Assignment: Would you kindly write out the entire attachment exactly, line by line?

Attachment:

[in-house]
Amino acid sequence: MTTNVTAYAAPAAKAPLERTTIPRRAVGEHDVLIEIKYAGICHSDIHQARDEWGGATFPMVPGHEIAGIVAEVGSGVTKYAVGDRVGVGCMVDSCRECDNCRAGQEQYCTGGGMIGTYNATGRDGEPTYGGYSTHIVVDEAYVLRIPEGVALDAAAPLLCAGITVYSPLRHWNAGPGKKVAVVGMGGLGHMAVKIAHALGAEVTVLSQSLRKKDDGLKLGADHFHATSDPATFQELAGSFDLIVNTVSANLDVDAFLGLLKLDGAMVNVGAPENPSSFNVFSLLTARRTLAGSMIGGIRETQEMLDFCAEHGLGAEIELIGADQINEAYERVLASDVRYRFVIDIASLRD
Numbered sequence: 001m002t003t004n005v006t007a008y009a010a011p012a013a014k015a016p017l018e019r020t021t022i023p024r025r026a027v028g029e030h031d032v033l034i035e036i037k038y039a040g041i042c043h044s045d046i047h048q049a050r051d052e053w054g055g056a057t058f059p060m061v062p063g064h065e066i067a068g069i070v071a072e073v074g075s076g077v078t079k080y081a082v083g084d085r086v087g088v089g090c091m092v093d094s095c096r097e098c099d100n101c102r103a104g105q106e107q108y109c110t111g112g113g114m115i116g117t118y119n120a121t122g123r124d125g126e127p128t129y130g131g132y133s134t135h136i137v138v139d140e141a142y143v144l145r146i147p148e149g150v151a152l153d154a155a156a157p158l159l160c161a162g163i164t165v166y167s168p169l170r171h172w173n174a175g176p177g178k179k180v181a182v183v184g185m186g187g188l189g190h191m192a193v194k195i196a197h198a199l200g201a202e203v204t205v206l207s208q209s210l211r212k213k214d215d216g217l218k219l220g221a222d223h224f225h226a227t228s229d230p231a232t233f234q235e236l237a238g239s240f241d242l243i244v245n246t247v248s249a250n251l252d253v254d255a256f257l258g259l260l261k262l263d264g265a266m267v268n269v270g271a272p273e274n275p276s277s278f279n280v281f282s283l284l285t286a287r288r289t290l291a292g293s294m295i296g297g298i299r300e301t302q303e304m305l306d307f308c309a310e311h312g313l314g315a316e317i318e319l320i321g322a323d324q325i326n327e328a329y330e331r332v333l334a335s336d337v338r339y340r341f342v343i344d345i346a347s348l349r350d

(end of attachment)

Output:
[in-house]
Amino acid sequence: MTTNVTAYAAPAAKAPLERTTIPRRAVGEHDVLIEIKYAGICHSDIHQARDEWGGATFPMVPGHEIAGIVAEVGSGVTKYAVGDRVGVGCMVDSCRECDNCRAGQEQYCTGGGMIGTYNATGRDGEPTYGGYSTHIVVDEAYVLRIPEGVALDAAAPLLCAGITVYSPLRHWNAGPGKKVAVVGMGGLGHMAVKIAHALGAEVTVLSQSLRKKDDGLKLGADHFHATSDPATFQELAGSFDLIVNTVSANLDVDAFLGLLKLDGAMVNVGAPENPSSFNVFSLLTARRTLAGSMIGGIRETQEMLDFCAEHGLGAEIELIGADQINEAYERVLASDVRYRFVIDIASLRD
Numbered sequence: 001m002t003t004n005v006t007a008y009a010a011p012a013a014k015a016p017l018e019r020t021t022i023p024r025r026a027v028g029e030h031d032v033l034i035e036i037k038y039a040g041i042c043h044s045d046i047h048q049a050r051d052e053w054g055g056a057t058f059p060m061v062p063g064h065e066i067a068g069i070v071a072e073v074g075s076g077v078t079k080y081a082v083g084d085r086v087g088v089g090c091m092v093d094s095c096r097e098c099d100n101c102r103a104g105q106e107q108y109c110t111g112g113g114m115i116g117t118y119n120a121t122g123r124d125g126e127p128t129y130g131g132y133s134t135h136i137v138v139d140e141a142y143v144l145r146i147p148e149g150v151a152l153d154a155a156a157p158l159l160c161a162g163i164t165v166y167s168p169l170r171h172w173n174a175g176p177g178k179k180v181a182v183v184g185m186g187g188l189g190h191m192a193v194k195i196a197h198a199l200g201a202e203v204t205v206l207s208q209s210l211r212k213k214d215d216g217l218k219l220g221a222d223h224f225h226a227t228s229d230p231a232t233f234q235e236l237a238g239s240f241d242l243i244v245n246t247v248s249a250n251l252d253v254d255a256f257l258g259l260l261k262l263d264g265a266m267v268n269v270g271a272p273e274n275p276s277s278f279n280v281f282s283l284l285t286a287r288r289t290l291a292g293s294m295i296g297g298i299r300e301t302q303e304m305l306d307f308c309a310e311h312g313l314g315a316e317i318e319l320i321g322a323d324q325i326n327e328a329y330e331r332v333l334a335s336d337v338r339y340r341f342v343i344d345i346a347s348l349r350d